The Boy, Aunt Mathilda, and The Dog:
Love and Neglect in Donoso's "Paseo"
In Donoso's essay "Paseo," the nameless boy talks about his life of neglect and longing. The boy lives with his Aunt Mathilda and her brothers, but receives no love and almost no attention from them. He desires and hopes for the elders to show emotion of any kind for him, but to no avail. Aunt Mathilda lives a life that involves only herself and her brothers, while the boy is nothing but "a person peripheral to her life, never central" (70). Everyday involves a strict routine set by the Aunt. Everyone follows the daily rituals until one day a dog follows Aunt Mathilda and the boy home, altering everything. In the essay, the nameless boy describes his life, his family, his environment, and the small white dog that changes everything.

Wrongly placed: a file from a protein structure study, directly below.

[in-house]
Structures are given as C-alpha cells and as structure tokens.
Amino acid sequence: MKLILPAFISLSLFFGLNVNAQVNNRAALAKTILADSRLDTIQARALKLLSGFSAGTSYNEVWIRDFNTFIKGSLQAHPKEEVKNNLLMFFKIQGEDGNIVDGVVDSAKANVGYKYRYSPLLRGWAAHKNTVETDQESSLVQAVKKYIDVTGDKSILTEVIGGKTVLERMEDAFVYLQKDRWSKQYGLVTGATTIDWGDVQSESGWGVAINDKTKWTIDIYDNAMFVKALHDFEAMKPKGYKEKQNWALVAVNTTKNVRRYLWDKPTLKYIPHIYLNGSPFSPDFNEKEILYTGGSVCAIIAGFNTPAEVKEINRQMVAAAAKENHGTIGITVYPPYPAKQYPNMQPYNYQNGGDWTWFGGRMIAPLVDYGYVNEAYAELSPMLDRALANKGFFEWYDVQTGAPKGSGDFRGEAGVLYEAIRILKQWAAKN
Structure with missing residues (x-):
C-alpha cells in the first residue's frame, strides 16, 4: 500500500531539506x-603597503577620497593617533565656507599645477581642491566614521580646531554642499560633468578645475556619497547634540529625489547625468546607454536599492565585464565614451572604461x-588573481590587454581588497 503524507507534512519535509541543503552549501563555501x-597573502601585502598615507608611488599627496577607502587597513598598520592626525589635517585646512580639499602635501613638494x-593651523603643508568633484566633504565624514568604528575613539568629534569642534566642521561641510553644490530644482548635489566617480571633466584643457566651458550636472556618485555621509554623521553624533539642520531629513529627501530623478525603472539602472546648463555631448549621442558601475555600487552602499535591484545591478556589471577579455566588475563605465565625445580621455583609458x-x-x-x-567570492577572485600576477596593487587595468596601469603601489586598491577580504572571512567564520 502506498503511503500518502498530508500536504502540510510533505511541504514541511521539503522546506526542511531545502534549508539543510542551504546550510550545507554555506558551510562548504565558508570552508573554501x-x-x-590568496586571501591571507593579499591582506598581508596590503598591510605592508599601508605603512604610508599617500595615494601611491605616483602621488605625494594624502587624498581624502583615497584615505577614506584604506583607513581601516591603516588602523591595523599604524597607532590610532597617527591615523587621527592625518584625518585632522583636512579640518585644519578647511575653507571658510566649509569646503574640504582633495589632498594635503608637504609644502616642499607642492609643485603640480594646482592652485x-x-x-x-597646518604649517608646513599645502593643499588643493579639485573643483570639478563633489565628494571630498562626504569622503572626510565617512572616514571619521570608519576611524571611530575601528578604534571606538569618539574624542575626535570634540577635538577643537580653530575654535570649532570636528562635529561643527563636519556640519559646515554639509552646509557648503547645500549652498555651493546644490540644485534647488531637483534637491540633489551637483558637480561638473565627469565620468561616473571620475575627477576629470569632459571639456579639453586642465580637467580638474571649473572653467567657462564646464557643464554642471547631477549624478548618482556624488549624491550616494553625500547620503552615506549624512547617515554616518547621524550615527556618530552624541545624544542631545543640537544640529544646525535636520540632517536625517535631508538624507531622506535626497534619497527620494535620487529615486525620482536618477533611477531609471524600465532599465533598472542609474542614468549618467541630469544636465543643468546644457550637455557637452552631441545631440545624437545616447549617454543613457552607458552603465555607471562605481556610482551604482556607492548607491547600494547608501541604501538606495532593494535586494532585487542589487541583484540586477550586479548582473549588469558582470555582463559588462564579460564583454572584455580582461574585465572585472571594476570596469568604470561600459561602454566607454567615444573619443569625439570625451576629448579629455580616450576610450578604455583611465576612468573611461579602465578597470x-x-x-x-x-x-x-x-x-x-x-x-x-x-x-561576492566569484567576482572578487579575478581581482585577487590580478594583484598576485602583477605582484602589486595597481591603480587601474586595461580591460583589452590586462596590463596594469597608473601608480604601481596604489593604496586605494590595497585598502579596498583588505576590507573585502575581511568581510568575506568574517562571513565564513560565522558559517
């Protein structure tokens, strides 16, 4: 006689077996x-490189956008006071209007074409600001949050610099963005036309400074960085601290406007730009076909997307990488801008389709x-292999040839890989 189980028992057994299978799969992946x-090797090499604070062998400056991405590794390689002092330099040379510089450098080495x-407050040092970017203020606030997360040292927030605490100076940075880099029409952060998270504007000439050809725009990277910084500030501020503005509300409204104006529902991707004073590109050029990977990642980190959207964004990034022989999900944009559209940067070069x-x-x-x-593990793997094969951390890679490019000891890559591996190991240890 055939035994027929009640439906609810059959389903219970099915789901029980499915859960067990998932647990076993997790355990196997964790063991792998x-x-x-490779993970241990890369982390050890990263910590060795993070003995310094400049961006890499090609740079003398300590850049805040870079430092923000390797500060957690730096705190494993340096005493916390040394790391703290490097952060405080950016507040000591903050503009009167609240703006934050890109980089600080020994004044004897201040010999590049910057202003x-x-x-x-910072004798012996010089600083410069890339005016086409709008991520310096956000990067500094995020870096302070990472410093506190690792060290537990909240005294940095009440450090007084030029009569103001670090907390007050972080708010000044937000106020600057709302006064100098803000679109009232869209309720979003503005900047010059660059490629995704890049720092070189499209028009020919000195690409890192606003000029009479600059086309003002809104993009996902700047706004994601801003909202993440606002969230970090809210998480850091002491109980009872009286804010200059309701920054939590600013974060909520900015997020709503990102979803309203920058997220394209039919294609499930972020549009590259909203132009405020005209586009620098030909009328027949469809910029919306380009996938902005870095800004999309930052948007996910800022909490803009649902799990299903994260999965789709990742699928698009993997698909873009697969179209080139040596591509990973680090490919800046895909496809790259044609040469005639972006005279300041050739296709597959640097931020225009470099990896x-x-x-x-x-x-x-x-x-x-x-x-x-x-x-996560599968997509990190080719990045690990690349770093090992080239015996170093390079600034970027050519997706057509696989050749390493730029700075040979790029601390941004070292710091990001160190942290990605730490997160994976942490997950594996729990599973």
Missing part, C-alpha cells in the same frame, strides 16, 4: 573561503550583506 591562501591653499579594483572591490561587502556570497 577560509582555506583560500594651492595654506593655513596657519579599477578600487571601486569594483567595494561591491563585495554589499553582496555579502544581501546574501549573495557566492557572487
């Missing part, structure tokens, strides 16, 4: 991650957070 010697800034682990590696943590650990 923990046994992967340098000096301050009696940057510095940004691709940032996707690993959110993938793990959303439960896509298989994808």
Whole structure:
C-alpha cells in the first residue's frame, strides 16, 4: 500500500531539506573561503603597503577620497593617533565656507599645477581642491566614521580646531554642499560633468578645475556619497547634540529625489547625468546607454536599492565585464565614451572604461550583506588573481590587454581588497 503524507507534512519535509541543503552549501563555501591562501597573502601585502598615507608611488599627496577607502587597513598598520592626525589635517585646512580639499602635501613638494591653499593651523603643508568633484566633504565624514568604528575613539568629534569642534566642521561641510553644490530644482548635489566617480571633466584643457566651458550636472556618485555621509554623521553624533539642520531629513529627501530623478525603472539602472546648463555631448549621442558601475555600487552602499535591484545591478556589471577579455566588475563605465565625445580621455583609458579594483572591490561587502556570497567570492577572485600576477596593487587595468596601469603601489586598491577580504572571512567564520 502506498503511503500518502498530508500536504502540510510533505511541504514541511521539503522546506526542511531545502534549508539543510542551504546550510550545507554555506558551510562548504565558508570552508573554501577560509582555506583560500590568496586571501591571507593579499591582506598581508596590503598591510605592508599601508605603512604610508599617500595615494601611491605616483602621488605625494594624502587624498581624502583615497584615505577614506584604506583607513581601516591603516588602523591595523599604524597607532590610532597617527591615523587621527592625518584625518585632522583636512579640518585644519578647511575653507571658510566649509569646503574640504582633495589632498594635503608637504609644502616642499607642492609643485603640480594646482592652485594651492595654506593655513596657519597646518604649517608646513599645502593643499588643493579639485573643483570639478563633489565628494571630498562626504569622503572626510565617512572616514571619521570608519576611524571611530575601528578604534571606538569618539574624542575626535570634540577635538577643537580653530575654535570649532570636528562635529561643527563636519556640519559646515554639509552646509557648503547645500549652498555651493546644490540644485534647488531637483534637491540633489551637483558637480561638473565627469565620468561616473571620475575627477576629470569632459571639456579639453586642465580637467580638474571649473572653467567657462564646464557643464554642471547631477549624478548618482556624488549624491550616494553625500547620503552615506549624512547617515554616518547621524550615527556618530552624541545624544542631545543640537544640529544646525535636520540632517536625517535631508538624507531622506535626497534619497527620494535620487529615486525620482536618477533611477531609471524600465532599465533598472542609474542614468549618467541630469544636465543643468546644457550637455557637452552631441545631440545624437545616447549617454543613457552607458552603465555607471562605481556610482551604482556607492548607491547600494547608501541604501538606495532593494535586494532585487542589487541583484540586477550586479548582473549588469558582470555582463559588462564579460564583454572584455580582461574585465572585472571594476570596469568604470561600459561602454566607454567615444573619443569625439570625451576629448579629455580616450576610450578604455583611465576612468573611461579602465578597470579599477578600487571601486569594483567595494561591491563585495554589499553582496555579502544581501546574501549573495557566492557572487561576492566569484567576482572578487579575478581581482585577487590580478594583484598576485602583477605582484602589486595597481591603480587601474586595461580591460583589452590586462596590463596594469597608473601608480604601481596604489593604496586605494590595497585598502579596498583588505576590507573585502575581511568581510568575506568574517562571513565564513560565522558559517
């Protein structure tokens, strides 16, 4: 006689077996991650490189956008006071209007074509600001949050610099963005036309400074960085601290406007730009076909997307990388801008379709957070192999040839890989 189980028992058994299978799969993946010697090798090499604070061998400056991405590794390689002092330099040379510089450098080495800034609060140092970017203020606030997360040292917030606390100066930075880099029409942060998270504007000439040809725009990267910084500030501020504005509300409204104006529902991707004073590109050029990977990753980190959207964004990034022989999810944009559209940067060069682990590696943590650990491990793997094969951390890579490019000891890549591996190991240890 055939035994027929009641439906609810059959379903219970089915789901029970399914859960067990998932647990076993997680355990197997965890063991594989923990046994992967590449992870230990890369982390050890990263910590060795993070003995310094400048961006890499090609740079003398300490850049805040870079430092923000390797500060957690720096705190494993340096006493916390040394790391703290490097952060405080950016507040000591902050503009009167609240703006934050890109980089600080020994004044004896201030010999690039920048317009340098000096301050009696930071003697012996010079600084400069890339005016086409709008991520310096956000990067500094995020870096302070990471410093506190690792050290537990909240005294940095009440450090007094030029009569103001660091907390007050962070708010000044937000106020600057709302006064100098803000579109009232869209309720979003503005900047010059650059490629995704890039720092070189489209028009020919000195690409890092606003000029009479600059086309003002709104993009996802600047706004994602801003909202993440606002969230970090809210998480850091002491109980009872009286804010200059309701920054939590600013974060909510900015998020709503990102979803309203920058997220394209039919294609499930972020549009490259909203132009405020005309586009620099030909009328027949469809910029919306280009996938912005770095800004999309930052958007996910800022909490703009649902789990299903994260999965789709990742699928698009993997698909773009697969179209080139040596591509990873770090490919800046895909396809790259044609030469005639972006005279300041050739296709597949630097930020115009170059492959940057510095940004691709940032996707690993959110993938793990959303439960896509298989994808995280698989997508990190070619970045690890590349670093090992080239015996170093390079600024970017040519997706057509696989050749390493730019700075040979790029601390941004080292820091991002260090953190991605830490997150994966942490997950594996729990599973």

The boy's mother died when he was four years old.
Aunt Mathilda and her two brothers came to live with the boy and the father to help raise the boy. They lived in a narrow little house "which, like a book, showed only its narrow spine to the street" (69). Aunt Mathilda set a routine that the entire family followed-- she kept the house meticulously clean, made sure that all inhabitants were comfortable, and made the beds ready for the brothers every night. She took good care of her brothers, but neglected the boy. Every night the boy would go to bed hoping to find that his Aunt had turned down the sheets for him as she did his uncles.
But Aunt Mathilda never opened my bed. Each night, when I went up to my room, my heart thumped in the hope of finding my bed opened with the recognizable dexterity of her hands. But I had...